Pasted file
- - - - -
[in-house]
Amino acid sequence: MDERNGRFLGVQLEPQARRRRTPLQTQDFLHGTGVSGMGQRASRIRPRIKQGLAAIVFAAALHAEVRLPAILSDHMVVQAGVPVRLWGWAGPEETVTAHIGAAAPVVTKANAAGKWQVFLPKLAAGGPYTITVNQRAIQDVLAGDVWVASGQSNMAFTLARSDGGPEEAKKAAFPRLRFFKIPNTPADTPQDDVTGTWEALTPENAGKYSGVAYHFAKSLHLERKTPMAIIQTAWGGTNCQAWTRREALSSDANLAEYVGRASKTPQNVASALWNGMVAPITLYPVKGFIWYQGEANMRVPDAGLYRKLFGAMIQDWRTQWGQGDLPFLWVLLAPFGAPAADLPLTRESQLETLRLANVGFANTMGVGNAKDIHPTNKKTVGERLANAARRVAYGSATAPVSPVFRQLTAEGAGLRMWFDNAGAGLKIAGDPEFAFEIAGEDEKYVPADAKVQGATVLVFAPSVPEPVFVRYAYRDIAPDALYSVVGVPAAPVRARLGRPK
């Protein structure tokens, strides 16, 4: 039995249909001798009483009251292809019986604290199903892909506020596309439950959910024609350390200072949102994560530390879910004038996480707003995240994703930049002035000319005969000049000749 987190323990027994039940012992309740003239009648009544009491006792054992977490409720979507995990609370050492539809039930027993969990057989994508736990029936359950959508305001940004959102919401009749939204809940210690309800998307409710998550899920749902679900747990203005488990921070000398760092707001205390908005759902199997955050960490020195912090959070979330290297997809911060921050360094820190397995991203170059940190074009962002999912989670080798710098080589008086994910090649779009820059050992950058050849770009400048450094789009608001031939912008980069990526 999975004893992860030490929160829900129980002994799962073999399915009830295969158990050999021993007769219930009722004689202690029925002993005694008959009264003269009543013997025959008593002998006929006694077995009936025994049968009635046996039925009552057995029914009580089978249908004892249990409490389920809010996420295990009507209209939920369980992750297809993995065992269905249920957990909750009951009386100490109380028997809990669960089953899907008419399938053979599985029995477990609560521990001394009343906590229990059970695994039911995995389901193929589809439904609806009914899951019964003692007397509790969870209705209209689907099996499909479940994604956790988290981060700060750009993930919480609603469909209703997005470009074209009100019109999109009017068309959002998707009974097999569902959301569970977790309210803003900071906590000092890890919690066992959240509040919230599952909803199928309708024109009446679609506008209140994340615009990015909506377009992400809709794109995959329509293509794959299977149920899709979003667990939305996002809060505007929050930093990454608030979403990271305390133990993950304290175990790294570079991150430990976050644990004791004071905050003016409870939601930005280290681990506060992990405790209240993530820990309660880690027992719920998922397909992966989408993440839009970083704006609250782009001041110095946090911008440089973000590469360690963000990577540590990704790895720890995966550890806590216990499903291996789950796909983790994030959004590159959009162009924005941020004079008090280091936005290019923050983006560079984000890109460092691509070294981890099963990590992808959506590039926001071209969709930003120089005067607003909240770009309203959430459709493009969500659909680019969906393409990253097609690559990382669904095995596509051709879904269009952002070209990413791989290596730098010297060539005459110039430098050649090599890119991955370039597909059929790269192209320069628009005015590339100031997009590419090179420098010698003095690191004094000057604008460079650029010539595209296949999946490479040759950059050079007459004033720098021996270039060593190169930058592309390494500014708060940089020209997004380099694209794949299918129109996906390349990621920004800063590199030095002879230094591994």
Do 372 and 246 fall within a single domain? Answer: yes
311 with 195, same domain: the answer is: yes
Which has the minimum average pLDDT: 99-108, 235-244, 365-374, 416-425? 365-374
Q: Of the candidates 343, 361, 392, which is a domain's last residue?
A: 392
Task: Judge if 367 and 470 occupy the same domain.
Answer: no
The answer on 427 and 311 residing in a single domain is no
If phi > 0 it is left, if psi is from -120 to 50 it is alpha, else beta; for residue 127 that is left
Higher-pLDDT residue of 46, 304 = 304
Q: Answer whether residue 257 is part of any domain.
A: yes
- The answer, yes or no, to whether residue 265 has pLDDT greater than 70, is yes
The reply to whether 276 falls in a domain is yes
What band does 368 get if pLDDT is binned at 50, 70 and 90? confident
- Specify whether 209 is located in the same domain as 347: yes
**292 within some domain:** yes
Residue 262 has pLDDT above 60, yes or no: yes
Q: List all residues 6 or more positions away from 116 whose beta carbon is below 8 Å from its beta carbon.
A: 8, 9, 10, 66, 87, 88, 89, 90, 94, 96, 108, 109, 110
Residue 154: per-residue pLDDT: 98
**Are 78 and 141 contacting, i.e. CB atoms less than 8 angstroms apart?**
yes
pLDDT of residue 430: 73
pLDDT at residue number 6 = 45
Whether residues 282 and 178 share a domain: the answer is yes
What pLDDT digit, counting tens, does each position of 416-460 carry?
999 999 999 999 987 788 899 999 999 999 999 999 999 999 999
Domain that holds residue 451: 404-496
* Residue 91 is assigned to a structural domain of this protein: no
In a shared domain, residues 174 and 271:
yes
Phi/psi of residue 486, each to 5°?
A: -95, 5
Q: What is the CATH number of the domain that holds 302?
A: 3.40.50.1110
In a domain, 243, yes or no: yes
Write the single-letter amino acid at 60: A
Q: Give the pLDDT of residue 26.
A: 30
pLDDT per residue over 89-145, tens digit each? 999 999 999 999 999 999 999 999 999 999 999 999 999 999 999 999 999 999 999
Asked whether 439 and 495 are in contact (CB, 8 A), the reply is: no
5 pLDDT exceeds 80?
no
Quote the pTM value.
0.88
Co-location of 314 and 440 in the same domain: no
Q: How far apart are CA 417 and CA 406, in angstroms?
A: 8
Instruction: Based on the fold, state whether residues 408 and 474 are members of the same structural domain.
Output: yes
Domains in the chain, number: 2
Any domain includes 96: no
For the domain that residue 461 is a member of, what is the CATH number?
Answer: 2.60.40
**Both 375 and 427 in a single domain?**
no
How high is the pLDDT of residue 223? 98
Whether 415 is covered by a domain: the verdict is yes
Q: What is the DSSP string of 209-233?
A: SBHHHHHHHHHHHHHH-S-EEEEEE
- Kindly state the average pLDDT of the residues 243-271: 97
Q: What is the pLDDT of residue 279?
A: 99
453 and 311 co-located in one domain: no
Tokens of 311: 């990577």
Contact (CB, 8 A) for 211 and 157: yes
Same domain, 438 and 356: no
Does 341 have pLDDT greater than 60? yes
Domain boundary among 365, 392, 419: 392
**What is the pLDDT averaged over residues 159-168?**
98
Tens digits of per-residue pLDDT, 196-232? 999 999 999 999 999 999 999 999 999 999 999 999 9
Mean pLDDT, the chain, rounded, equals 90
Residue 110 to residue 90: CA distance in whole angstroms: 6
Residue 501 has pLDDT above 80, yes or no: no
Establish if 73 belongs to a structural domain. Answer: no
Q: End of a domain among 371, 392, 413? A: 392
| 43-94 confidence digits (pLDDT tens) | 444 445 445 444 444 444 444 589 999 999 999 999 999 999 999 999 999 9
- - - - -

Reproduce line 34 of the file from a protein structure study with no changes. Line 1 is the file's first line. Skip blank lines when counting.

In a shared domain, residues 174 and 271: